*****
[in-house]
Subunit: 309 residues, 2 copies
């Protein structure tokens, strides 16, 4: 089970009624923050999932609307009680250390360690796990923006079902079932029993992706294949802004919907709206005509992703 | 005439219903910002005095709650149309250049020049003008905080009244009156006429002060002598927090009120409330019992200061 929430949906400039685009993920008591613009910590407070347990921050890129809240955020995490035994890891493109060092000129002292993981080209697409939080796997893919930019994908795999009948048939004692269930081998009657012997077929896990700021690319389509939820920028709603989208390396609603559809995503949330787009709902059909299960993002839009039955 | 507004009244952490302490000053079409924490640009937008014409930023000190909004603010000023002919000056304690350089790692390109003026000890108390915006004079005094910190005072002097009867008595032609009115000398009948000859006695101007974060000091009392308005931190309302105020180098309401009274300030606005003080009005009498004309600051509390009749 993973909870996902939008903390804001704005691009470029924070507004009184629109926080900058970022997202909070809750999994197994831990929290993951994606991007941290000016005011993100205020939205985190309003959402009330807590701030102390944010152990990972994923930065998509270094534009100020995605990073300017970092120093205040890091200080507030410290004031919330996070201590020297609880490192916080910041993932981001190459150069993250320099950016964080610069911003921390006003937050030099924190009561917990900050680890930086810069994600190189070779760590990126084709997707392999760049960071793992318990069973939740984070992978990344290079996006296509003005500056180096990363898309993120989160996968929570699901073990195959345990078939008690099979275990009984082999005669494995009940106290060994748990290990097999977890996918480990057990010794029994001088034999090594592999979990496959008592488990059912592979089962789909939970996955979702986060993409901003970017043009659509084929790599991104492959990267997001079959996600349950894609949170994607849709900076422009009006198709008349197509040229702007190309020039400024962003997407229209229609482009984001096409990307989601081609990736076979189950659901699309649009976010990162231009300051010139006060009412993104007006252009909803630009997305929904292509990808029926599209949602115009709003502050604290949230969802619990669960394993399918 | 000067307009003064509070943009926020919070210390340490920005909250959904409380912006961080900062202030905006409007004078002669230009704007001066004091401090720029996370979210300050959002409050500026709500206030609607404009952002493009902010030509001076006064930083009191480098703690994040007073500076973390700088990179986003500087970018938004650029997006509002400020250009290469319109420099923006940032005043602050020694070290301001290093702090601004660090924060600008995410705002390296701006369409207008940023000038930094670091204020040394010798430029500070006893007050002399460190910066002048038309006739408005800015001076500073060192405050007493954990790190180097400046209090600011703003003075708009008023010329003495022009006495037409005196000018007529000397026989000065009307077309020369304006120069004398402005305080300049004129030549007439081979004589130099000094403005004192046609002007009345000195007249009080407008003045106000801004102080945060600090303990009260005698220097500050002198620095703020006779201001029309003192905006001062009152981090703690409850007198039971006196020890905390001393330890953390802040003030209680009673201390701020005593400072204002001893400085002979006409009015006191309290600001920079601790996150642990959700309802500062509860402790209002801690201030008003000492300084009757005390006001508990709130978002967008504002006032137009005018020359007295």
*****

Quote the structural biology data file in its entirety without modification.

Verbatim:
[in-house]
Subunit: 309 residues, 2 copies
């Protein structure tokens, strides 16, 4: 089970009624923050999932609307009680250390360690796990923006079902079932029993992706294949802004919907709206005509992703 | 005439219903910002005095709650149309250049020049003008905080009244009156006429002060002598927090009120409330019992200061 929430949906400039685009993920008591613009910590407070347990921050890129809240955020995490035994890891493109060092000129002292993981080209697409939080796997893919930019994908795999009948048939004692269930081998009657012997077929896990700021690319389509939820920028709603989208390396609603559809995503949330787009709902059909299960993002839009039955 | 507004009244952490302490000053079409924490640009937008014409930023000190909004603010000023002919000056304690350089790692390109003026000890108390915006004079005094910190005072002097009867008595032609009115000398009948000859006695101007974060000091009392308005931190309302105020180098309401009274300030606005003080009005009498004309600051509390009749 993973909870996902939008903390804001704005691009470029924070507004009184629109926080900058970022997202909070809750999994197994831990929290993951994606991007941290000016005011993100205020939205985190309003959402009330807590701030102390944010152990990972994923930065998509270094534009100020995605990073300017970092120093205040890091200080507030410290004031919330996070201590020297609880490192916080910041993932981001190459150069993250320099950016964080610069911003921390006003937050030099924190009561917990900050680890930086810069994600190189070779760590990126084709997707392999760049960071793992318990069973939740984070992978990344290079996006296509003005500056180096990363898309993120989160996968929570699901073990195959345990078939008690099979275990009984082999005669494995009940106290060994748990290990097999977890996918480990057990010794029994001088034999090594592999979990496959008592488990059912592979089962789909939970996955979702986060993409901003970017043009659509084929790599991104492959990267997001079959996600349950894609949170994607849709900076422009009006198709008349197509040229702007190309020039400024962003997407229209229609482009984001096409990307989601081609990736076979189950659901699309649009976010990162231009300051010139006060009412993104007006252009909803630009997305929904292509990808029926599209949602115009709003502050604290949230969802619990669960394993399918 | 000067307009003064509070943009926020919070210390340490920005909250959904409380912006961080900062202030905006409007004078002669230009704007001066004091401090720029996370979210300050959002409050500026709500206030609607404009952002493009902010030509001076006064930083009191480098703690994040007073500076973390700088990179986003500087970018938004650029997006509002400020250009290469319109420099923006940032005043602050020694070290301001290093702090601004660090924060600008995410705002390296701006369409207008940023000038930094670091204020040394010798430029500070006893007050002399460190910066002048038309006739408005800015001076500073060192405050007493954990790190180097400046209090600011703003003075708009008023010329003495022009006495037409005196000018007529000397026989000065009307077309020369304006120069004398402005305080300049004129030549007439081979004589130099000094403005004192046609002007009345000195007249009080407008003045106000801004102080945060600090303990009260005698220097500050002198620095703020006779201001029309003192905006001062009152981090703690409850007198039971006196020890905390001393330890953390802040003030209680009673201390701020005593400072204002001893400085002979006409009015006191309290600001920079601790996150642990959700309802500062509860402790209002801690201030008003000492300084009757005390006001508990709130978002967008504002006032137009005018020359007295």